5. Hebrew Language Policy and Language Teaching

Our discussion has led us to language teaching.  The impact of language policy on language teaching has been stronger in Israel than in any other country.  Language education of native children bore, until fairly recently, the character of remedial methods aiming at discarding “errors” and “incorrect language habits” and accordingly, bore much resemblance to teaching Hebrew to speakers of a foreign language.  Only in recent years has language teaching proceeded in Israel on two methodically discrete paths; one, teaching native speakers using acquired language habits to develop analytic languagemindedness, relegating the corrective steps to a later and secondary stage; the second, teaching Hebrew to newcomers, using the results of linguistic analysis to help them overcome earlier habits and ways of verbal thinking, that are unlike those of Hebrew.

Although it was said in the beginning with some optimism that Israeli language teachers are becoming more and more aware of the importance of scientific tools (contrastive linguistic analysis) for their purposes, and that they feel, as I do, that the immediate object of their teaching should be the acquisition by the newcomer of language habits common to the majority of the residents, while remedies for “undesirable” expression habits should be offered to them at the same time as to veteran residents or native speakers, it must be noted that the achievements of linguistic science are not – due to sociological considerations again – exploited as fully as they could be.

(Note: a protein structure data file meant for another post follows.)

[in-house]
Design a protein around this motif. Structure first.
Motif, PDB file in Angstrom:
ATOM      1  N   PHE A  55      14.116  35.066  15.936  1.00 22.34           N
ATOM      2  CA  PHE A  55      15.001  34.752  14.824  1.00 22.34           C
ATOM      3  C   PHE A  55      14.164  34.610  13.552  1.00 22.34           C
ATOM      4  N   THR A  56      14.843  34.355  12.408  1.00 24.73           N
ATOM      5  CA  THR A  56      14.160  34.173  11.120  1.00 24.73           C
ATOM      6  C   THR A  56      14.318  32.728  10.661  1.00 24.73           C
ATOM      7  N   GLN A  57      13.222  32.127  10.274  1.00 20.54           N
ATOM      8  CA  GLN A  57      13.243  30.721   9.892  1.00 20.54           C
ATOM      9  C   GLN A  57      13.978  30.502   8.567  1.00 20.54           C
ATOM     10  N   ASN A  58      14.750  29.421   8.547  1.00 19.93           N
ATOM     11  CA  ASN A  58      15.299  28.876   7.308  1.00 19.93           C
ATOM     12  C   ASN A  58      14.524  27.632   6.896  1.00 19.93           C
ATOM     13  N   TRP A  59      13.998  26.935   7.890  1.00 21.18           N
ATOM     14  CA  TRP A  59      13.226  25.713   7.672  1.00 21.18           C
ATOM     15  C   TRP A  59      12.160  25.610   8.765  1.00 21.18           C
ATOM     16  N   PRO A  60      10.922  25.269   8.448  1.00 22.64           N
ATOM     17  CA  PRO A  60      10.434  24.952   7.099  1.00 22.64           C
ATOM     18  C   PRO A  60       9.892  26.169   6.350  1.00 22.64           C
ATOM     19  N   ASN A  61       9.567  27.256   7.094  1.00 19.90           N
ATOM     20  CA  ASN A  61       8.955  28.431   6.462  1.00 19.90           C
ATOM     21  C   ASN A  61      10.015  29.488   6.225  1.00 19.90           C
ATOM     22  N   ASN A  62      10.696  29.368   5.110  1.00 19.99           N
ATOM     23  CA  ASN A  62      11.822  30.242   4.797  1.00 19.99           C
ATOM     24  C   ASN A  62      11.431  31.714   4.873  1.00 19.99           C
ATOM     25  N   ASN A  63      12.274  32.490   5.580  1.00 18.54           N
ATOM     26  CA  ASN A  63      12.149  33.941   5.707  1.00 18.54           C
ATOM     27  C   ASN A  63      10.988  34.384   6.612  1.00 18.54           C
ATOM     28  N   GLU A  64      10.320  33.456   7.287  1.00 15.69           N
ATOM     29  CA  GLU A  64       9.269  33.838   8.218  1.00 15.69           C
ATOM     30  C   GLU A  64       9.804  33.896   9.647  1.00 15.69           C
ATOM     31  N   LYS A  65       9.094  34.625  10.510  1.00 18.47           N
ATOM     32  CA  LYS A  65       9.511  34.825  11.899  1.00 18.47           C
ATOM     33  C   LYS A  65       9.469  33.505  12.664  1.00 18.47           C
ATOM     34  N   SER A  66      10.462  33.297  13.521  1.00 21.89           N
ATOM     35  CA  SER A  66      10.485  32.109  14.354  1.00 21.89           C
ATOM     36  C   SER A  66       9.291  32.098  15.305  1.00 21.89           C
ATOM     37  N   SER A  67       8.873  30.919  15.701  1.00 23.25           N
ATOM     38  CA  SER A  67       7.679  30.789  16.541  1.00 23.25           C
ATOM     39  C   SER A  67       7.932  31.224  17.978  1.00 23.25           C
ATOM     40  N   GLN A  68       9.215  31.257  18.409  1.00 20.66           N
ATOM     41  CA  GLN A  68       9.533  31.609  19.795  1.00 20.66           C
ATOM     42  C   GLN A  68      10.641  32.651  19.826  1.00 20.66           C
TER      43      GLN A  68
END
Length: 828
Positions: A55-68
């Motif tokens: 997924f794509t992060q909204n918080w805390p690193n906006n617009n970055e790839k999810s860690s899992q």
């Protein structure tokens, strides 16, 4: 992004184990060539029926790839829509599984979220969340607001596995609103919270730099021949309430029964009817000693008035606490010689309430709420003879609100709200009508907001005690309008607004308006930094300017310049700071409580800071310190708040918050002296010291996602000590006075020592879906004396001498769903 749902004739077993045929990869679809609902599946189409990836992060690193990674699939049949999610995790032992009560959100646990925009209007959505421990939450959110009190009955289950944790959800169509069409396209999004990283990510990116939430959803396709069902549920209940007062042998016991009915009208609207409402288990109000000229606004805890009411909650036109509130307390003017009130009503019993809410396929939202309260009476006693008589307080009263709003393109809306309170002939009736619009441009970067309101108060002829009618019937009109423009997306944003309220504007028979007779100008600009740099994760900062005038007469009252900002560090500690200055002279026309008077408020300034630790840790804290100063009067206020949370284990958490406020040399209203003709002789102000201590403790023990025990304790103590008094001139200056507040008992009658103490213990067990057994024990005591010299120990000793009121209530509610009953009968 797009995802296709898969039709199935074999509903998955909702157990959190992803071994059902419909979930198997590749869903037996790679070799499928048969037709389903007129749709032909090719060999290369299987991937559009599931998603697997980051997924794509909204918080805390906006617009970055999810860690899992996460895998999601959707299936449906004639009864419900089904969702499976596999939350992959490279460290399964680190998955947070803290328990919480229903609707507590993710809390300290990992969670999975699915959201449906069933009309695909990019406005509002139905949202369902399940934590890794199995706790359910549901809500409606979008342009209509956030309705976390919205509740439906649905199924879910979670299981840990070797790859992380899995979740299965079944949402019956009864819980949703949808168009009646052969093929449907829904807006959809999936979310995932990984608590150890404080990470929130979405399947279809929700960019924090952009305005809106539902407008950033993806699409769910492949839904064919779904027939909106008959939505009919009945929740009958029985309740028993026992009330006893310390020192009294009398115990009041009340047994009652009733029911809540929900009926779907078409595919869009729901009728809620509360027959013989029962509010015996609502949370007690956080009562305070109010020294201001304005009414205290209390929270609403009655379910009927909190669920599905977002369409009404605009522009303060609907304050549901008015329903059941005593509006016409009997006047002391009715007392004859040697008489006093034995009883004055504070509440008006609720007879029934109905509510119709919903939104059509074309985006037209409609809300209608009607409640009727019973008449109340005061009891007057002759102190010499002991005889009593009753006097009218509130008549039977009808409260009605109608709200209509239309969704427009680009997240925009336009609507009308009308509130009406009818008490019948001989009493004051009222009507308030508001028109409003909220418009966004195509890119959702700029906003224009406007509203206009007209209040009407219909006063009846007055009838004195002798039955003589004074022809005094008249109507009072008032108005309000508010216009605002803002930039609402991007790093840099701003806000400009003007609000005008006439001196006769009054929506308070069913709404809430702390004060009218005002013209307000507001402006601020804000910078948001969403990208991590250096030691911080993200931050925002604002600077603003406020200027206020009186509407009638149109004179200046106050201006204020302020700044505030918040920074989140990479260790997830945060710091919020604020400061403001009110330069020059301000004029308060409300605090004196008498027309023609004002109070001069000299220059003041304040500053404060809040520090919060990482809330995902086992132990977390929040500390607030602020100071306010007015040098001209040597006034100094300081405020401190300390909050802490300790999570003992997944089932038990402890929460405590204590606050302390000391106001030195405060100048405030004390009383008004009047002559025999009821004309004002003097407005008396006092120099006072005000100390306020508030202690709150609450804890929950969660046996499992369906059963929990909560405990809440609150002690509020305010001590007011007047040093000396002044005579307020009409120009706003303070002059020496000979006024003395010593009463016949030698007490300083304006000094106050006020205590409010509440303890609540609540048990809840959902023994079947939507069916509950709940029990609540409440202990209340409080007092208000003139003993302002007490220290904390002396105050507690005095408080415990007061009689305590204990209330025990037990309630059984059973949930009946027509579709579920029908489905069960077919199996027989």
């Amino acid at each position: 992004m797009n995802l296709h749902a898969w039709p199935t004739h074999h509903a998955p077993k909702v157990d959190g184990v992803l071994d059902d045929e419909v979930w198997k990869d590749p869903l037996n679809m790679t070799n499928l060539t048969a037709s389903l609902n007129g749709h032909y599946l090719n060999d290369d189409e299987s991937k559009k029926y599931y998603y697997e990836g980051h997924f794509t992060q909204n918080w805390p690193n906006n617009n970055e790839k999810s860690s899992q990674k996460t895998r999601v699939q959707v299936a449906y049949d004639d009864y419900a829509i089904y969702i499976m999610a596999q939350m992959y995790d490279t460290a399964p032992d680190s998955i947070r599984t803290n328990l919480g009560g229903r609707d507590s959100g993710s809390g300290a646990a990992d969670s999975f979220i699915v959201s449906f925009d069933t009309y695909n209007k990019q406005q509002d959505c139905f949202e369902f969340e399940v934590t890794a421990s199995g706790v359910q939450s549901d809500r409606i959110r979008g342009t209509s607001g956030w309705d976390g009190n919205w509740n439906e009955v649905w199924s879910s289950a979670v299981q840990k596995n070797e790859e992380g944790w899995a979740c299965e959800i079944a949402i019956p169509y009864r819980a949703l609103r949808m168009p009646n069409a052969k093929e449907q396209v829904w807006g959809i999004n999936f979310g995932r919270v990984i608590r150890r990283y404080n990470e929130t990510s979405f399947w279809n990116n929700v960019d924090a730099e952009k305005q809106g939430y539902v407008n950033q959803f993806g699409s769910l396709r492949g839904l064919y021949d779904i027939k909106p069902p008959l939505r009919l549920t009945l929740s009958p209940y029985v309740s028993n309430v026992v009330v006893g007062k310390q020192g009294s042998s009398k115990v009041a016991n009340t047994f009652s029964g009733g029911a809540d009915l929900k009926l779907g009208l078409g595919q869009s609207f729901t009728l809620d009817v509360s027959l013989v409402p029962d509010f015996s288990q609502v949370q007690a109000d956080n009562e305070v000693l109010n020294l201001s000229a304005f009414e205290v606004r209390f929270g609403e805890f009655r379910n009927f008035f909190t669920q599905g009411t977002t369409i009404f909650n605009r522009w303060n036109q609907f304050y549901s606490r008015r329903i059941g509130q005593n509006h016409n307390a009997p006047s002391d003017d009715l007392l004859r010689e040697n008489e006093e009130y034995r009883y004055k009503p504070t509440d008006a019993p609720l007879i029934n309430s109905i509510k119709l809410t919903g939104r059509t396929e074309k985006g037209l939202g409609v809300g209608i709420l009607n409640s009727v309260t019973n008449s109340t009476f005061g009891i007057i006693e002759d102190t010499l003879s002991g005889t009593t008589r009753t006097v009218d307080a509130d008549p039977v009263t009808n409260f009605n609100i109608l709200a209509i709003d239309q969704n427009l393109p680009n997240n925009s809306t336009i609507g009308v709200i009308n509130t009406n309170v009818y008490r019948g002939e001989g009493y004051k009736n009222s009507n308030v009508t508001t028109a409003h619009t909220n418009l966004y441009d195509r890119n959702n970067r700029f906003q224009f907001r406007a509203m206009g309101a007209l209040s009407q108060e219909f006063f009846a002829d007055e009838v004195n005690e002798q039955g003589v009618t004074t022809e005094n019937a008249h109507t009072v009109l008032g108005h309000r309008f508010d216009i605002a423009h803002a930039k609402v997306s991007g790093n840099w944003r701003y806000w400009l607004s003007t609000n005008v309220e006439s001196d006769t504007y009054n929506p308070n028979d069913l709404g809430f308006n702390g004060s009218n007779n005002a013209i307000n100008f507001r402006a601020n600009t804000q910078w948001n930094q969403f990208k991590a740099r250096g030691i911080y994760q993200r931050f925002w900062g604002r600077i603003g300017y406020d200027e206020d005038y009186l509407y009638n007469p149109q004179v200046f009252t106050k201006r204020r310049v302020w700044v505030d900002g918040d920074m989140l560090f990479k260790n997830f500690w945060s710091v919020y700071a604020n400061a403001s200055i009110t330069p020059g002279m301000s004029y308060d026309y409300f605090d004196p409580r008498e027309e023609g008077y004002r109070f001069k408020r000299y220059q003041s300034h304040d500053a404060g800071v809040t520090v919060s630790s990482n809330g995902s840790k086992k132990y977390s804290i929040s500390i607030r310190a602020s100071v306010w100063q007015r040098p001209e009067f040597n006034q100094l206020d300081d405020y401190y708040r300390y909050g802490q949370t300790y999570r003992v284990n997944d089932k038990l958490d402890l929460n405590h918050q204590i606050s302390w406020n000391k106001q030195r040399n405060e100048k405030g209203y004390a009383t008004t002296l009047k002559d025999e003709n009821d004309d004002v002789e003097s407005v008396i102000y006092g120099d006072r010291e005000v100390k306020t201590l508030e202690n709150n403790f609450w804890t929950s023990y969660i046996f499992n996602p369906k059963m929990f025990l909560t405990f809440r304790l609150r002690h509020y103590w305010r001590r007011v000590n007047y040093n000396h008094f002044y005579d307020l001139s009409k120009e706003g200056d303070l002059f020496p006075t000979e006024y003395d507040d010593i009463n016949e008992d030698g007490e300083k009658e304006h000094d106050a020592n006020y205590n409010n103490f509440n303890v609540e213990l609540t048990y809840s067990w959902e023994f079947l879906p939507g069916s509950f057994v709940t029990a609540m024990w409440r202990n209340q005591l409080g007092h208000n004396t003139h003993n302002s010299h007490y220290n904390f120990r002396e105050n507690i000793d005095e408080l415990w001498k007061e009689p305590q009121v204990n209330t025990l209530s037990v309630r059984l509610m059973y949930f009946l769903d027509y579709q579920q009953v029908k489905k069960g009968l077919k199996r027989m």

Hebrew classes and institutes in the large-scale framework of language education for adults are in fact as much classes of Israelization as they are language classes.  One of the most cherished objects of the scheme in Israel is to imbue the participants right away with the spirit of integration, the “ingathering of exiles.”  It is taboo to hold Hebrew classes for students originating from a single country; all classes must be ethnically heterogeneous, immediately creating an “Israeli” society in miniature.  While this procedure is highly commendable sociologically, it automatically deprives the instructor of the benefits of present-day didactic linguistics.